And here’s the longer form of it.

Local Cheeses

There are a few more videos left to do, but these are a great start.

Things I Learned

Make quick cuts.

People have short attention spans. Cut as much as possible from the video. A colleague of mine saw my original cuts and advised me to cut it down…way down. So that’s what I did. I could probably have cut it down even more, but I didn’t want to lose any of the content. After cutting it down, I’m much happier with the work.

Keep it to 2 cameras, max 3.

For most of the seminars I used 3 cameras. One directly in front, one slightly to the side and a GoPro up close on the hands and cutting board. This was plenty. Since I’m only using iMovie for the edits, it can only handle two lines of video at a time. Getting three camera views on only two lines was at times challenging, and certainly tedious.

For a few of the seminars I had a friend bring in an extra camera. I’ve found the 4th camera to be just a bit too much. Perhaps if I had a more advanced software it would be a bit easier, but using only iMovie, it’s just too much.

Capture in the highest quality.

For the first seminar I videoed in HD, but it was the lowest setting of the HD options. I was very disappointed with the quality of the video. This was exasperated by the fact that my other cameras captured a much higher quality video. For the subsequent seminars, I cranked up the quality to the max and that had a serious effect.

Double check the Mics.

Ugh. There’s nothing worse than filming an entire seminar only to find out in the editing room that the mics were messed up. That’s exactly what happened with one of the seminars. The problem was that there were four people speaking and only two microphones. That meant we had to continue rearranging microphones depending on who was speaking. With all the setup and planning that it required, I think it just got too confusing. In the end, I accidentally disabled the microphone of the person speaking and activated the microphone of the “on-deck” person. For the entire video! What a waste.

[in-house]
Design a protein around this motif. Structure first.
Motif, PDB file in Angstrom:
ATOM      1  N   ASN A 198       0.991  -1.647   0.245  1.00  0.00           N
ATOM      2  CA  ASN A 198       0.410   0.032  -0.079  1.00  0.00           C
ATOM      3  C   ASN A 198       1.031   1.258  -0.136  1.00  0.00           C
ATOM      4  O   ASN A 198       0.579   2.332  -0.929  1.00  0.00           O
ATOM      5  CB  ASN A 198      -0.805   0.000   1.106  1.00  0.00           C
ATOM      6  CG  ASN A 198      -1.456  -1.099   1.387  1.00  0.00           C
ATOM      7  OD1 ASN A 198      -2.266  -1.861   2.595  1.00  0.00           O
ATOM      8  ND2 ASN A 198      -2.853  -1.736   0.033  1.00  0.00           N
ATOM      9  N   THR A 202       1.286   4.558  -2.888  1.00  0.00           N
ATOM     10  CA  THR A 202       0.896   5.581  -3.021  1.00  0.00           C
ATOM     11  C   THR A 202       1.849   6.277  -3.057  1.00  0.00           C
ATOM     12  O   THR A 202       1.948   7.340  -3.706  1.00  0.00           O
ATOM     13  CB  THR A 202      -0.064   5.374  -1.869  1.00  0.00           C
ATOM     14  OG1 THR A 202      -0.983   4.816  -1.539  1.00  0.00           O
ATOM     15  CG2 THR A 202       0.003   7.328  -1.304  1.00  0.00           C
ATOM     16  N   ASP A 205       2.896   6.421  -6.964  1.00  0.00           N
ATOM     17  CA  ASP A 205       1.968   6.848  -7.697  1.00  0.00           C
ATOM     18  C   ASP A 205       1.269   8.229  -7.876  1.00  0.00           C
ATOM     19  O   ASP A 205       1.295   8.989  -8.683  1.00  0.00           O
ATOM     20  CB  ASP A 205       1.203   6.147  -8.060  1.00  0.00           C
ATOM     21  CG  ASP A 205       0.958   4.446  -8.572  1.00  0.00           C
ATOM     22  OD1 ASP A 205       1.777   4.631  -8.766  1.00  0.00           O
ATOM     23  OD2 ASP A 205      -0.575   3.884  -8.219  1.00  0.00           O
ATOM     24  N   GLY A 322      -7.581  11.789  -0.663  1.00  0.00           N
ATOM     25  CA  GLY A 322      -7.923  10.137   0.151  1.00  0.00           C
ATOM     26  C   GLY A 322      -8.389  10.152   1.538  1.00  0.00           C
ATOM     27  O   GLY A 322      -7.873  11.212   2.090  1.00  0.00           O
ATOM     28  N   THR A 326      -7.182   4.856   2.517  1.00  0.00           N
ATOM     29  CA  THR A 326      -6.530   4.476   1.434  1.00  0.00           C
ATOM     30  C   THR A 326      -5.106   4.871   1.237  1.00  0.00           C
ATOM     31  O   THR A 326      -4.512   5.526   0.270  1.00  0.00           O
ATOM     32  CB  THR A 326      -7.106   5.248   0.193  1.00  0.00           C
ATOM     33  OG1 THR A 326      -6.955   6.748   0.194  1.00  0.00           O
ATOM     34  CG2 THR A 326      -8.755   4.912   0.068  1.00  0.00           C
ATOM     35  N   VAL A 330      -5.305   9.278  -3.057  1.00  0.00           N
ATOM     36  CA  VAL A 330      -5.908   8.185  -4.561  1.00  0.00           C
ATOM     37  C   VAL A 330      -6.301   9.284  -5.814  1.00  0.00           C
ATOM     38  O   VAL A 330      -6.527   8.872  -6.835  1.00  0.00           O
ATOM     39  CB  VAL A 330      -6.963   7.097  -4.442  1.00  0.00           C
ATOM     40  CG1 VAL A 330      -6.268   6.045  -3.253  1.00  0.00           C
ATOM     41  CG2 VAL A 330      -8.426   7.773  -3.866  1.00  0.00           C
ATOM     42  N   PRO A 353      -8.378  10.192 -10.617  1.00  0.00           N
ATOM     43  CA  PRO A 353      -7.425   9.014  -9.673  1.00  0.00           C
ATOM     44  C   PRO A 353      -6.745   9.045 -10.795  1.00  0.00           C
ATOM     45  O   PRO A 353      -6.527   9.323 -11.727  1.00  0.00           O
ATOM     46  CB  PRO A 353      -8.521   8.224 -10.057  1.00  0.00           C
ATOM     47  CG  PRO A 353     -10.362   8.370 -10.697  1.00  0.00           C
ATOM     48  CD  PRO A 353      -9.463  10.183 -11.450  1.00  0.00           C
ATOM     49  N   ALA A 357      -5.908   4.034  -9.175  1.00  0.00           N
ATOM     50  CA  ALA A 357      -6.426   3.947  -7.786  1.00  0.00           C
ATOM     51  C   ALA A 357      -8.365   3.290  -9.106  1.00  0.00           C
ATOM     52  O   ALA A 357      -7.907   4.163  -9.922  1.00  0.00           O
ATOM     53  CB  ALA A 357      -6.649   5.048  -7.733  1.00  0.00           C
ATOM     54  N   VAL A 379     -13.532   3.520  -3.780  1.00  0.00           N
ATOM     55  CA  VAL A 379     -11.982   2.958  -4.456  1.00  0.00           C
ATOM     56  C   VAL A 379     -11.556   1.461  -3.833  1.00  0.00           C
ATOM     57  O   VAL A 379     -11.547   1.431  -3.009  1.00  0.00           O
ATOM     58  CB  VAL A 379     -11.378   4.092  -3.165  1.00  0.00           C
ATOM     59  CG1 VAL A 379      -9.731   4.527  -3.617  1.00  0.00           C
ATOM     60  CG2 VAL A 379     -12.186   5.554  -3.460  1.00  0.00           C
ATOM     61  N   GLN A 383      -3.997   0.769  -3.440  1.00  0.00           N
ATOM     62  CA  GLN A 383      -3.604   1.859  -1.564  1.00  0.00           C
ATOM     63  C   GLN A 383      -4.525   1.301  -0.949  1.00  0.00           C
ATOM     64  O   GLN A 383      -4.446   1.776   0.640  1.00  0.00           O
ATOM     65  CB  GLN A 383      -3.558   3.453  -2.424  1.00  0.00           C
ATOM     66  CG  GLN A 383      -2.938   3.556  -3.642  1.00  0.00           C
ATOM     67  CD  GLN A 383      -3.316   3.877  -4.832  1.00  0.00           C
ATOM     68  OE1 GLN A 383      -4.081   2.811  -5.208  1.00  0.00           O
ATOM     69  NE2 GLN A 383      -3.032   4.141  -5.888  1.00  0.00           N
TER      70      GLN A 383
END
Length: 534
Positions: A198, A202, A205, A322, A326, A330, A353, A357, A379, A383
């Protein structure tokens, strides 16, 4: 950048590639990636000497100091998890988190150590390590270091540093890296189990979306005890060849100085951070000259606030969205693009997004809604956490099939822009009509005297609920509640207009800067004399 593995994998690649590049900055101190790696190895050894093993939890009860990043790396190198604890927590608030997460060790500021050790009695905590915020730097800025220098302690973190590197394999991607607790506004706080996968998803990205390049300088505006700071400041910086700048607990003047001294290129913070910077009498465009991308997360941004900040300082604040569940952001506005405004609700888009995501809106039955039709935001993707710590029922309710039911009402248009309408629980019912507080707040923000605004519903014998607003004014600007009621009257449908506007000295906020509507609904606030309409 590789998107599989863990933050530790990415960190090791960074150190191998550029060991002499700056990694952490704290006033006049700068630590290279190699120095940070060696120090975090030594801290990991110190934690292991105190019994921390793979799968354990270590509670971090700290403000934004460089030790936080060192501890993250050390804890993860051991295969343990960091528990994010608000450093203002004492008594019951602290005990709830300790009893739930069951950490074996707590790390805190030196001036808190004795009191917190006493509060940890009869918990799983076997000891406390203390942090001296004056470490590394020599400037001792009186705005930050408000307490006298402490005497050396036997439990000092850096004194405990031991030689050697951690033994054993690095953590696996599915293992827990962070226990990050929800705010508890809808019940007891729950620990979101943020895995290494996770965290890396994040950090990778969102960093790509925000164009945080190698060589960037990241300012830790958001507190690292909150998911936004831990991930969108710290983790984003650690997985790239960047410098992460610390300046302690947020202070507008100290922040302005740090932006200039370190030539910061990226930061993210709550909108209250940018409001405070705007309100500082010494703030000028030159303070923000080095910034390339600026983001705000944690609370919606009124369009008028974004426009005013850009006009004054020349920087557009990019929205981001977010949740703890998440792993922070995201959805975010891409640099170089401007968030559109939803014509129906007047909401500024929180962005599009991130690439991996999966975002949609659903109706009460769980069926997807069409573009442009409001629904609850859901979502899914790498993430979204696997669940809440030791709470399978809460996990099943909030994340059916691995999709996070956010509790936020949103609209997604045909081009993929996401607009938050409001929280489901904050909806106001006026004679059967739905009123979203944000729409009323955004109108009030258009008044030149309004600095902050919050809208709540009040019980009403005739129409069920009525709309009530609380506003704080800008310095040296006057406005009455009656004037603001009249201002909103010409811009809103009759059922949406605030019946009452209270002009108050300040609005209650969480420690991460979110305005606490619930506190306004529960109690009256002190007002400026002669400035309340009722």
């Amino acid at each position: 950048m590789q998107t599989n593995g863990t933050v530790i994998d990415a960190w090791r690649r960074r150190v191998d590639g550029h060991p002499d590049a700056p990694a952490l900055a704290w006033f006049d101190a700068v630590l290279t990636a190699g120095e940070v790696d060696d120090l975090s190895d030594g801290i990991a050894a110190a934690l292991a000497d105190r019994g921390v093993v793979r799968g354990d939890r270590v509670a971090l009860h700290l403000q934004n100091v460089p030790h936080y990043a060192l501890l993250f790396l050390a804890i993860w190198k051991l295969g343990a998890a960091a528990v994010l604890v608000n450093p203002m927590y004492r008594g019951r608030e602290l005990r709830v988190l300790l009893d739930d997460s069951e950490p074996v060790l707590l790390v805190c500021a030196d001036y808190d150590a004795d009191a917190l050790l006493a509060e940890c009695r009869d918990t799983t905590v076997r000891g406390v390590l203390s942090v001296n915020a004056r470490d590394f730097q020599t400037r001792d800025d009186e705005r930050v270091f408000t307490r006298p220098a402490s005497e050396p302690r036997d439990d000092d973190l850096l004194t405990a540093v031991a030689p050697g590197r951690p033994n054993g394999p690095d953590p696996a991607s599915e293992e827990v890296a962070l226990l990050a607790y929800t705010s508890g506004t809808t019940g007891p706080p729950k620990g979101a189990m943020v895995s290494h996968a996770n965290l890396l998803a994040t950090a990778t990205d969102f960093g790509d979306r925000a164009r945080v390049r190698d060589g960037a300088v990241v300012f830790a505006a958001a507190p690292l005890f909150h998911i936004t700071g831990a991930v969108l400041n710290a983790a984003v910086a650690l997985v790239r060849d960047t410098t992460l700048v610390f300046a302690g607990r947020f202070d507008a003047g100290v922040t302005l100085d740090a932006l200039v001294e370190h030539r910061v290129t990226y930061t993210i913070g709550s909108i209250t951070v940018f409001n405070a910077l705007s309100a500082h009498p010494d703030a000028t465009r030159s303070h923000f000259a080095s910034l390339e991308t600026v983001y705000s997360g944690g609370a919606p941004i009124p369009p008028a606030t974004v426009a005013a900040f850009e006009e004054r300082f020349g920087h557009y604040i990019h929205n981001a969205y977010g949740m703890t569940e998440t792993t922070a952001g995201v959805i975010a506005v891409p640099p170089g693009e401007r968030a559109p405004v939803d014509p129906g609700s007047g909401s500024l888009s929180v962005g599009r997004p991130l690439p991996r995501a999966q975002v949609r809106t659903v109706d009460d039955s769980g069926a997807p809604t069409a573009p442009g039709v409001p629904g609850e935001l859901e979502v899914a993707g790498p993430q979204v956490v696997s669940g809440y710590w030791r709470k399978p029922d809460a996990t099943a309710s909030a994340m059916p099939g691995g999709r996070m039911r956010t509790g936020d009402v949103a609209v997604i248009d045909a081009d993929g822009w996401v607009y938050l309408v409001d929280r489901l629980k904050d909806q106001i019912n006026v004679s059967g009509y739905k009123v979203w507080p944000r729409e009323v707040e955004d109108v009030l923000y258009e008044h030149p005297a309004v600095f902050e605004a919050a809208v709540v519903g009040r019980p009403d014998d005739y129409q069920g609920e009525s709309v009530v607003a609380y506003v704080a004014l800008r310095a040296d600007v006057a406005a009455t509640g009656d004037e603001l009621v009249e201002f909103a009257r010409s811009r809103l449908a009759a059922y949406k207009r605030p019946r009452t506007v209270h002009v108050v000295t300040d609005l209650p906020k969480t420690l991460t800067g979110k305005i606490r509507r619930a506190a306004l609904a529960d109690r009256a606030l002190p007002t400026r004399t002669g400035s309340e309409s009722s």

Have backup equipment

I mentioned in my last post that I bought the ePhoto Pro Studio Video 4500W Digital Photography Studio 3 Softbox Lighting Kit Light Set and Carrying Case H9060S3 off of Amazon. I am very happy with what it did – especially for the price, however two of the head clamps actually stripped out on the second day of shooting. The heads are just too heavy for the clamps. I was able to get them replaced by the company, but I had to scramble to try and get the lights to stay pointed in the right direction. I’m not sure what I’m going to do about this in the future as I think it will just continue stripping out, but at least I have some backup pieces now.

All in all it was a great experience. I’ve already got another photo shoot scheduled. This one isn’t a food seminar, so it’ll be a whole new experience again.

Videoing a Food Seminar

Videoing a Seminar
Today I expanded my horizons a bit by videoing a food seminar. Having taken pictures at this location before, I knew it was going to be a tough place to video. The lighting is horrible and the sound…oh, the sound. The ambient noise from the neighboring science exhibit alone was enough to drive a sound man crazy. But when the boss says take a video, a video is going to be created one way or another.


My first task was to find lighting. I’ve had success with setting up a mobile studio for products shots by just looking around Adorama’s website. But I needed a bit more help with this since I haven’t had much experience with continuous lighting. So, I did a quick YouTube search and found this awesome video giving a great rundown of continuous lighting options.

So, here’s what I ended up with:

I bought it on Amazon for about $165. Not bad at all considering what you get. There a few quirks with some of the equipment, but I think it’s with the cost.


As mentioned, sound at this location was a pain. Remember, this is in a very busy venue with lots of different vendors. The only solution was to individually mic the person giving the seminar. This would mean that she would actually be wearing two microphones – one for speaker system and one for the recording.

My colleague had already done the research on this for a different project. So, I used it. This is what we used:


Again, my colleague had already researched and bought a camcorder. He bought this along with the before-mentioned microphone kit. Because of that, it worked greatly as the main audio source.

On the side I used my trusty Canon Rebel T1i DSLR. It was one of the first DSLRs to do video. It doesn’t have auto focus which can be a pain, but it’s great for taking short clips or using it as a secondary camera. I would provide a link, but it’s not in production anymore. But if I were to recommend a similar product, I’d recommend this one:

Just to throw in one more view, I also setup a GoPro for an up close shot. I have the Hero 3. There are newer models now, but the Hero 3 does the well enough.